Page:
By Mark Herbert
The recent Windows 8 launch was met with the amount of fanfare that one would expect from a major technology company making a significant product announcement. But now that the consumer hype is starting to settle down, we have a chance to really look at the opportunity Windows 8 is going to bring to the enterprise and, perhaps more importantly, what this will mean for the channel.
intY has worked closely with Microsoft over the last few years as an international Microsoft syndication partner and has provided our global channel partners with access to Microsoft products and programs they may have not been able to utilize otherwise. We believe that Windows 8 presents the channel with a great opportunity to educate and consult end-user enterprise customers on benefits they will be able to see with Windows 8 in their workforce.
Similar to Apple iOS, Windows 8 is driving a consumer-led apps-based operating system into the enterprise and, as organizations increasingly look to assess their needs and requirements as they consider a more user-friendly computing experience, there’s no riper time for the channel to jump on this.
While over the years the culture of Windows has stayed relatively similar with each OS launch, this time may prove to be very, very different. With Windows 8 we’re seeing a complete cultural overhaul of the traditional ways of working and a move towards more app-based, touch-screen, user-friendly computing. At the consumer level, we’ve been experiencing this type of fast computing at your fingertips for a while now, but this is a whole new ballgame for the Windows-based enterprise community.
Together with its Surface tablet, the new Windows OS has the capacity to work across all device platforms — computer, phone and tablet. Windows 8 will certainly be giving Apple a run for its money in the enterprise stakes, particularly as enterprise IT departments inevitably begin to assess the manageability of the Microsoft tablet and Windows Phone 8 compared to Apple’s iPad and iPhone, especially in terms of control of corporate data security.
The truth is, many key business decision makers are recognizing, even if it is fairly subliminal, the need for a cultural shift within their organizations. Instead of the old mantras of sticking with what you know and if it works, why change it, Windows 8 is now presenting an opportunity to change things up. For the channel that means there are more options to play with here, and there is an opportunity for the channel to add value in the process by educating end users on how to take advantage of this cultural shift.
Initially, channel players specializing in software can leverage the opportunity from the successes they’ve enjoyed with those customers already happy with Microsoft’s way of doing things. Whether customers are consciously or unconsciously recognizing the need for a cultural shift within their organizations, the channel can use Microsoft’s unparalleled proven track record in businesses of all sizes and functions, to pave the way for new opportunities with Windows 8.
In addition, hardware resellers in this space are already beginning to see the emergence of new devices coming their way. Microsoft has definitely set the standard with the launch of its Surface tablet, and it is going to force other hardware manufacturers to raise their game when it when it comes to quality. The channel can expect to see a very competitive marketplace develop in this space and should take advantage of the opportunity to jump on it.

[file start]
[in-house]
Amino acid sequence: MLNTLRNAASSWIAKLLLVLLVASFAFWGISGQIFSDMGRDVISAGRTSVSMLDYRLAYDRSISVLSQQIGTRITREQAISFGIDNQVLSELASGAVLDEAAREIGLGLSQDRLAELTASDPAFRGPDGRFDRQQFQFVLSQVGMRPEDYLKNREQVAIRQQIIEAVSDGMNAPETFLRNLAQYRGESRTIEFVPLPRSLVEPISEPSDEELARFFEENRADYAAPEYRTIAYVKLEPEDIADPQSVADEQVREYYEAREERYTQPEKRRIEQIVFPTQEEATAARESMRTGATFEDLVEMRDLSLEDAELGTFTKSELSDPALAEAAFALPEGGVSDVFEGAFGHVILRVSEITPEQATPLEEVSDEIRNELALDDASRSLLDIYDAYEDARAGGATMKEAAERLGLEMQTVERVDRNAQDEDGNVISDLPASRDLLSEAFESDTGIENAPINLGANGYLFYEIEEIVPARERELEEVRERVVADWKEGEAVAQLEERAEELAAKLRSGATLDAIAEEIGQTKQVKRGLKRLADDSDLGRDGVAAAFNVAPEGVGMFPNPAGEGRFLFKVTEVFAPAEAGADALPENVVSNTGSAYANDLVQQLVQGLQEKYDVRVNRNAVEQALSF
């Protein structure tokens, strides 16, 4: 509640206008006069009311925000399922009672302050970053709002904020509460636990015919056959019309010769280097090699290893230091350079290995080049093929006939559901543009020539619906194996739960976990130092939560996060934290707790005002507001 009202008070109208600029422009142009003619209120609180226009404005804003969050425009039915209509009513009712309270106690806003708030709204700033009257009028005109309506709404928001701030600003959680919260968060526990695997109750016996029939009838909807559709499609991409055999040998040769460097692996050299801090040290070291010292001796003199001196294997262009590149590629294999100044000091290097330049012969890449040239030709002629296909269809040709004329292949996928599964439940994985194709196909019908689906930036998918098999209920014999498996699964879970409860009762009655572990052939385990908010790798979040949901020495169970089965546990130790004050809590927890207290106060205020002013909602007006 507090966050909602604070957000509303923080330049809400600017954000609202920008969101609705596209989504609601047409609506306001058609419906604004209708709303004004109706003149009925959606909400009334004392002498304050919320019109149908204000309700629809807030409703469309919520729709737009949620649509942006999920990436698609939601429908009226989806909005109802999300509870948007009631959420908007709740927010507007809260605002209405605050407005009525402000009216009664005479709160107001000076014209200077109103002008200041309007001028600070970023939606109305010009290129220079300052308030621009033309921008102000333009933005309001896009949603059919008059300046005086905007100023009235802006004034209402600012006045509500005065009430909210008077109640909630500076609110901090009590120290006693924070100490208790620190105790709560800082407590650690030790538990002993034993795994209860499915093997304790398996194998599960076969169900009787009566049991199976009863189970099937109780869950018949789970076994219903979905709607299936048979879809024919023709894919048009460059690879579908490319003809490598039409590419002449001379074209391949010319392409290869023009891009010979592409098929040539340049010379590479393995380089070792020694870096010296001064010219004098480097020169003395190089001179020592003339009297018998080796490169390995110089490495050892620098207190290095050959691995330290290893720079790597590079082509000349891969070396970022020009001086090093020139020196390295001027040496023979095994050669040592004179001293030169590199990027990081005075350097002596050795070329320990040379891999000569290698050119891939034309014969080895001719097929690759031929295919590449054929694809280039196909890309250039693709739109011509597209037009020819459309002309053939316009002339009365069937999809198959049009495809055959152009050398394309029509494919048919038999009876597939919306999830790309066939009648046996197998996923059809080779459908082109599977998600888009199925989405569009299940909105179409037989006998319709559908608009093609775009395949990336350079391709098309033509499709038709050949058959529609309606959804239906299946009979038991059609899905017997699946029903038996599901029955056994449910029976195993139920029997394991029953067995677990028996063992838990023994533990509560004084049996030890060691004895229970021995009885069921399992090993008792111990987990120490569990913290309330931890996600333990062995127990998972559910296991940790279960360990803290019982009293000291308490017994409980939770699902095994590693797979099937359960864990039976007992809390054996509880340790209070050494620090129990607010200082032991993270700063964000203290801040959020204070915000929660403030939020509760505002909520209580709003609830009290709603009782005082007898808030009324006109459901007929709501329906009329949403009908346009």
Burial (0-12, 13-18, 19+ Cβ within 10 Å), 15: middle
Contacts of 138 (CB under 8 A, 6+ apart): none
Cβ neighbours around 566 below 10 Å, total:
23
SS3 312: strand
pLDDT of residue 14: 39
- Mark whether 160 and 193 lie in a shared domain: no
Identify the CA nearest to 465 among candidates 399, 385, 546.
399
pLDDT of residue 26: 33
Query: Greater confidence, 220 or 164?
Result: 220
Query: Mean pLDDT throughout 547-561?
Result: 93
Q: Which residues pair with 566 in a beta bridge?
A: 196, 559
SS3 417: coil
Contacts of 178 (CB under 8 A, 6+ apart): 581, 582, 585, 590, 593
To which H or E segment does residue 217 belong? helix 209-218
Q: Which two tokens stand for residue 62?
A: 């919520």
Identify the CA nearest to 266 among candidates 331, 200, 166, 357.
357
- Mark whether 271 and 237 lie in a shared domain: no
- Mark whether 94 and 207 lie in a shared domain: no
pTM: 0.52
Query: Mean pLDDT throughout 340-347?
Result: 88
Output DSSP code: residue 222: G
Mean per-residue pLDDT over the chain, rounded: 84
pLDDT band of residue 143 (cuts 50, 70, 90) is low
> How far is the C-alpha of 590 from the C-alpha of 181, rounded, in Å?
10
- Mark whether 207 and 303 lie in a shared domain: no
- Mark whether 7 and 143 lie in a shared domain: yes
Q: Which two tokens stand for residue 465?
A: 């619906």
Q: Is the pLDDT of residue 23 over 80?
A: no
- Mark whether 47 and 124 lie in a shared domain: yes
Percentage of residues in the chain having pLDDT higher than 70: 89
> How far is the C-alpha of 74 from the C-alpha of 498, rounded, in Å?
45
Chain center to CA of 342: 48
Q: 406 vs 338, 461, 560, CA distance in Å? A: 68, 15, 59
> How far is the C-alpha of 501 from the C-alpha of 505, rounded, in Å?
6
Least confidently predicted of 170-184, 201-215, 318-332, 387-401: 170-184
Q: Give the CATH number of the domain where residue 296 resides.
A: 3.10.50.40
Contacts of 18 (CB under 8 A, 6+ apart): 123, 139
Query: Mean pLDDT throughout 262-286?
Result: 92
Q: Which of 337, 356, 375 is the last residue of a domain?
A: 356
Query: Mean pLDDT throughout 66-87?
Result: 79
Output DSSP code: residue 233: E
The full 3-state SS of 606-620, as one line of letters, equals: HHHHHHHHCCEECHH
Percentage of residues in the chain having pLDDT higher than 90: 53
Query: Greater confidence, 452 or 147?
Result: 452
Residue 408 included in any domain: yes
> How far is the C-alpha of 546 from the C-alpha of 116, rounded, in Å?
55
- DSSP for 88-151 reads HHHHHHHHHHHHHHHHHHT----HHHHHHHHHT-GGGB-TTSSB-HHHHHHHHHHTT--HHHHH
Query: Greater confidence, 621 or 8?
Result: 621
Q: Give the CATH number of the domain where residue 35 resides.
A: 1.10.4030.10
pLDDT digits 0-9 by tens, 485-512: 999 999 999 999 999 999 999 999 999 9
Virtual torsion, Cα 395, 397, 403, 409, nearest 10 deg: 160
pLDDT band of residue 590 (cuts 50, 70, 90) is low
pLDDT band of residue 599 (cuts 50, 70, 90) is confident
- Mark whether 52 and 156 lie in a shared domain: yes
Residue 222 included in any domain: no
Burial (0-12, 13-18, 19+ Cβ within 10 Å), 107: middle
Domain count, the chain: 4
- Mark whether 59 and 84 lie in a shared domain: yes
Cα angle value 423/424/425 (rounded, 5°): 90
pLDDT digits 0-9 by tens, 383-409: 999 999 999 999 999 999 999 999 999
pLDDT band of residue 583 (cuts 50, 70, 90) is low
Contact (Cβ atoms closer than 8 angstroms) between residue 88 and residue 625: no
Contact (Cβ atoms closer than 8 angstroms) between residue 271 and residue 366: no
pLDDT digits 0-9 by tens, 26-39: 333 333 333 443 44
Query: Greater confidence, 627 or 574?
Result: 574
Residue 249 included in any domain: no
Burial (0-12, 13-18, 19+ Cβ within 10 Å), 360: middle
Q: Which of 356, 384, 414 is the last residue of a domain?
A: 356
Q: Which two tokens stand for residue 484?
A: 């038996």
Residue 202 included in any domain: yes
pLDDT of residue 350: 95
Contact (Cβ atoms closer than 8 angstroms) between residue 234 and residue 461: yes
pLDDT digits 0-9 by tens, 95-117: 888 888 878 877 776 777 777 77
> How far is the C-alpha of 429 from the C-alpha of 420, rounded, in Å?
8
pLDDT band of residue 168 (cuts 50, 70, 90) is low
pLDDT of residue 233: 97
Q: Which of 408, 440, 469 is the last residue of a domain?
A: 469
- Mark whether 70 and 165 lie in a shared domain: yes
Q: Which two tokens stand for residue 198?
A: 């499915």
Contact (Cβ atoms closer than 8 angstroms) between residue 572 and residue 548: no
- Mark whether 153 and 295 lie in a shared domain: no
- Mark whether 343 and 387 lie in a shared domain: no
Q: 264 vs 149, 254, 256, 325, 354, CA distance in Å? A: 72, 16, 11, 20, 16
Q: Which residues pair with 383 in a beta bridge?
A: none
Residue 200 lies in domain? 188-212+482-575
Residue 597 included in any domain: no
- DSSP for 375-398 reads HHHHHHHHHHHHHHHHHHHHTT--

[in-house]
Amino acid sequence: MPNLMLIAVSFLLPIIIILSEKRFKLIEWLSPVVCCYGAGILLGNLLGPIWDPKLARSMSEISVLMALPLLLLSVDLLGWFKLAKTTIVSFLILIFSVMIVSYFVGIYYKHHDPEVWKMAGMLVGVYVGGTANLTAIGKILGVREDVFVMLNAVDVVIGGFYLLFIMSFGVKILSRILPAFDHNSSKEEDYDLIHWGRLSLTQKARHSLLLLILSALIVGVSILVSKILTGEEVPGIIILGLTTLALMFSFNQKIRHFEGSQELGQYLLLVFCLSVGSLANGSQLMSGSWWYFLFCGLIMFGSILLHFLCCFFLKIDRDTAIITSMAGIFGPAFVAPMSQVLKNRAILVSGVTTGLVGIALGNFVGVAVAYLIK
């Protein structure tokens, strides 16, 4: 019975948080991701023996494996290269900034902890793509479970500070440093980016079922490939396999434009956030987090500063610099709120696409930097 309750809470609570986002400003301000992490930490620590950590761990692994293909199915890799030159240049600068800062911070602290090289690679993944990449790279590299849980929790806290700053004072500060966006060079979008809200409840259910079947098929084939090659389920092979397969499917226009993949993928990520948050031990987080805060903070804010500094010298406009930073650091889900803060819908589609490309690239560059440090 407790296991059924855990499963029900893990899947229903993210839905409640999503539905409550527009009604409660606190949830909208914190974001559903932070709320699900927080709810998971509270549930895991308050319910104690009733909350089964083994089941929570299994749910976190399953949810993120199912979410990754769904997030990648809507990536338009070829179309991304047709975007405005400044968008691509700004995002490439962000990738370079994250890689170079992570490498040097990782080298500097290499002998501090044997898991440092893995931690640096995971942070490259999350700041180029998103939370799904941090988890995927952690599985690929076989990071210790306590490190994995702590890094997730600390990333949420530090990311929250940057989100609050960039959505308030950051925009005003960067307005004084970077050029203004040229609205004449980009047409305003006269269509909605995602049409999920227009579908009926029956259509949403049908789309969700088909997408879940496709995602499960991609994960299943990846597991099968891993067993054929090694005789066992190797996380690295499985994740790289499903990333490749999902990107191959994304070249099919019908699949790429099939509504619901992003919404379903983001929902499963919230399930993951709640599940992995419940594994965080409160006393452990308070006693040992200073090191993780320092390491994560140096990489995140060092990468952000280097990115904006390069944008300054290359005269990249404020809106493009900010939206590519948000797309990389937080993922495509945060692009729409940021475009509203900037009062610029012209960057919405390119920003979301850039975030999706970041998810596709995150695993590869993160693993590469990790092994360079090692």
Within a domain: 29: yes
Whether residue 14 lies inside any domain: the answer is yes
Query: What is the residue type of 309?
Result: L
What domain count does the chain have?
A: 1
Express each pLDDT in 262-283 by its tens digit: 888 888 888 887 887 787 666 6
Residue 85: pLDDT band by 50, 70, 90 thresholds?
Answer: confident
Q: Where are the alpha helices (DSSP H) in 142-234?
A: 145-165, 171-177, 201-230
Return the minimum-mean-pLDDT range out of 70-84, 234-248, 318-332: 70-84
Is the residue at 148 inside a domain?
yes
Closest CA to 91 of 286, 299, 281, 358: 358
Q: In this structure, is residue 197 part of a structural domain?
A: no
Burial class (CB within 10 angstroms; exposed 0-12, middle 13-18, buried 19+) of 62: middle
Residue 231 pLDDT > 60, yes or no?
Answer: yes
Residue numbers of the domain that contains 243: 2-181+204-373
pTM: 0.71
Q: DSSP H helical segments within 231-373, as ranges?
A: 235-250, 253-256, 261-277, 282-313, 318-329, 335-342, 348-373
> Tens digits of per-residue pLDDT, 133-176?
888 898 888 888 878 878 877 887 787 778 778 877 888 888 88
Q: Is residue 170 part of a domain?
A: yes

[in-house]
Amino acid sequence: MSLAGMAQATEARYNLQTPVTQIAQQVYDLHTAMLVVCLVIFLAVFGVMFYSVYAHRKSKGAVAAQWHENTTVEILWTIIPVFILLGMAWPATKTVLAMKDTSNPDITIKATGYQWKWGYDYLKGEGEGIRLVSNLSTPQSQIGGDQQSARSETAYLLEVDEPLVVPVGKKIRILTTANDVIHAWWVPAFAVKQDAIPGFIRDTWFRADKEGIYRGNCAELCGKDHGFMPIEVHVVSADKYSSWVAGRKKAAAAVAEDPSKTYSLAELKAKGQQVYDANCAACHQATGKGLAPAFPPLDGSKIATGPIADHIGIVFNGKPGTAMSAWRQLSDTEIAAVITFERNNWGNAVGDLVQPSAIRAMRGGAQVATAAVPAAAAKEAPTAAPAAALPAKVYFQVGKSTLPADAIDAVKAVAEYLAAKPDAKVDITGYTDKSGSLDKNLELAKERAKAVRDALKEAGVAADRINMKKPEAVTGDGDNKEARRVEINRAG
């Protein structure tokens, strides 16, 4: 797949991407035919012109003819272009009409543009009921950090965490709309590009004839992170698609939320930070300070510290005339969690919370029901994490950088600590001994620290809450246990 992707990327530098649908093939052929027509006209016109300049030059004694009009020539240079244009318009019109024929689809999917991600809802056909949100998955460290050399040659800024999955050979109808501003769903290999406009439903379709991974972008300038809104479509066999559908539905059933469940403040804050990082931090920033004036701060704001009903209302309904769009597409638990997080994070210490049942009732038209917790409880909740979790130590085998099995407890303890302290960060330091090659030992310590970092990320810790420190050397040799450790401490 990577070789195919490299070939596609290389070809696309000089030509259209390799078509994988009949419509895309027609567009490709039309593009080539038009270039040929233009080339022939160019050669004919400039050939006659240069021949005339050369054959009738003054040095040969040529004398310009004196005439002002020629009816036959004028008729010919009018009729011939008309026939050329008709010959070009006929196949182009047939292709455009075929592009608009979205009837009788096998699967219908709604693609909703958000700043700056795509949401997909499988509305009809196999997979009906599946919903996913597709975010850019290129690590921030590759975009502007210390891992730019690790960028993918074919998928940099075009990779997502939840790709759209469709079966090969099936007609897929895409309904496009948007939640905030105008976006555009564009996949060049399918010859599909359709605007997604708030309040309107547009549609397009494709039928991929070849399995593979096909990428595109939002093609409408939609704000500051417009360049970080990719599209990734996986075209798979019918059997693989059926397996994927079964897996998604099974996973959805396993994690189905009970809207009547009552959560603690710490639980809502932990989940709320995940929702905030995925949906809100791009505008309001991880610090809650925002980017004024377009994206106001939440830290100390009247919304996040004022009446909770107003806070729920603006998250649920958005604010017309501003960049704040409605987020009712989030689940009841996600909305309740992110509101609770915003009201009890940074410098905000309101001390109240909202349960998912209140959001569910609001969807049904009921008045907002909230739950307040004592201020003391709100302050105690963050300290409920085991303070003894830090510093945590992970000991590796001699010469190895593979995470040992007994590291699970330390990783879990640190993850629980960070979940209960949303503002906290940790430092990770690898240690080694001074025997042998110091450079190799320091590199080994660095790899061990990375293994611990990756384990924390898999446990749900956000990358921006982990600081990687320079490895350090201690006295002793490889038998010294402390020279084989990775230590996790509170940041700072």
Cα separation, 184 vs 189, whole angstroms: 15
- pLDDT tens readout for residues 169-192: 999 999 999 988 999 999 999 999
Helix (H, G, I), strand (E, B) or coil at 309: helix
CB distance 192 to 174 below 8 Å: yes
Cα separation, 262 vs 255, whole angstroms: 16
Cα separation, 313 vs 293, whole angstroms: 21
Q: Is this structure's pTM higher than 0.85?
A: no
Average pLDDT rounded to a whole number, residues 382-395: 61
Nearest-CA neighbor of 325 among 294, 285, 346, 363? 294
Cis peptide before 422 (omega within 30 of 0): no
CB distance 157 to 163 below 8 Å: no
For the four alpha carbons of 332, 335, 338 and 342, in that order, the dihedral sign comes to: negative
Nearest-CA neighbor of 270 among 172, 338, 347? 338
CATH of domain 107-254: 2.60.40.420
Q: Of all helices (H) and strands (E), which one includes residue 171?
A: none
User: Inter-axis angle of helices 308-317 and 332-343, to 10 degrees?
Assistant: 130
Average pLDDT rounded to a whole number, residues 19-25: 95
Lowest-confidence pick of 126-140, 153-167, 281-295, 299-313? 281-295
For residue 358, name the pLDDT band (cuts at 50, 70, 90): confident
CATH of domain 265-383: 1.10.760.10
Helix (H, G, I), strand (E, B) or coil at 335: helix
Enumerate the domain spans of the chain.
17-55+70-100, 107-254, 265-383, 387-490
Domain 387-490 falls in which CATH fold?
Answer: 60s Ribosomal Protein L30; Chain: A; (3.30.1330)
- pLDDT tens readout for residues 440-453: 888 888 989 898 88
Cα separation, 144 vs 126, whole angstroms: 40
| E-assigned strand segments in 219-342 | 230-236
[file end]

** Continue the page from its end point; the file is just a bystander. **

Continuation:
Windows 8 is all about mobility. It’s bringing with it an entirely new breed of applications that are designed to make the work environment more mobile and is likely to be the key factor in driving adoption in the enterprise. Why? For the first time, Windows PC users will be able to go to an apps marketplace and download tools for their business directly. It’s because of this that channel players may begin to feel disintermediated in the future of software supply.
Having said that, I believe we can expect to see in the near future, at the very least, channel-friendly payment systems for organizations to use when purchasing enterprise-wide apps for their users. This will keep the channel engaged in the sales process and will also prevent employees from buying their own apps on business expenses.
In short, the emergence of Windows 8 is a opportunity for the channel to educate end users on the value of this new era of computing, tilting those customers already considering a change in culture, over the edge to take the plunge. If you combine this fundamental shift and the hunger for applications with the unrivalled legacy of Microsoft within the enterprise, there’s a huge window of opportunity for the channel with Windows 8 — just make sure that window doesn’t fall shut on you.
CTO, business development director and founder of intY Ltd , Mark Herbert is respected within the security sector community as a luminary with a clear vision of the evolving sector and best placed techniques to continue to combat the ever increasing threat levels to individuals and organizations. A graduate in microelectronics and robotics with a career in network consultancy for organizations such as Honeywell, CompuAdd and the Ford Motor Company, Herbert is the architect behind intY’s product strategy.
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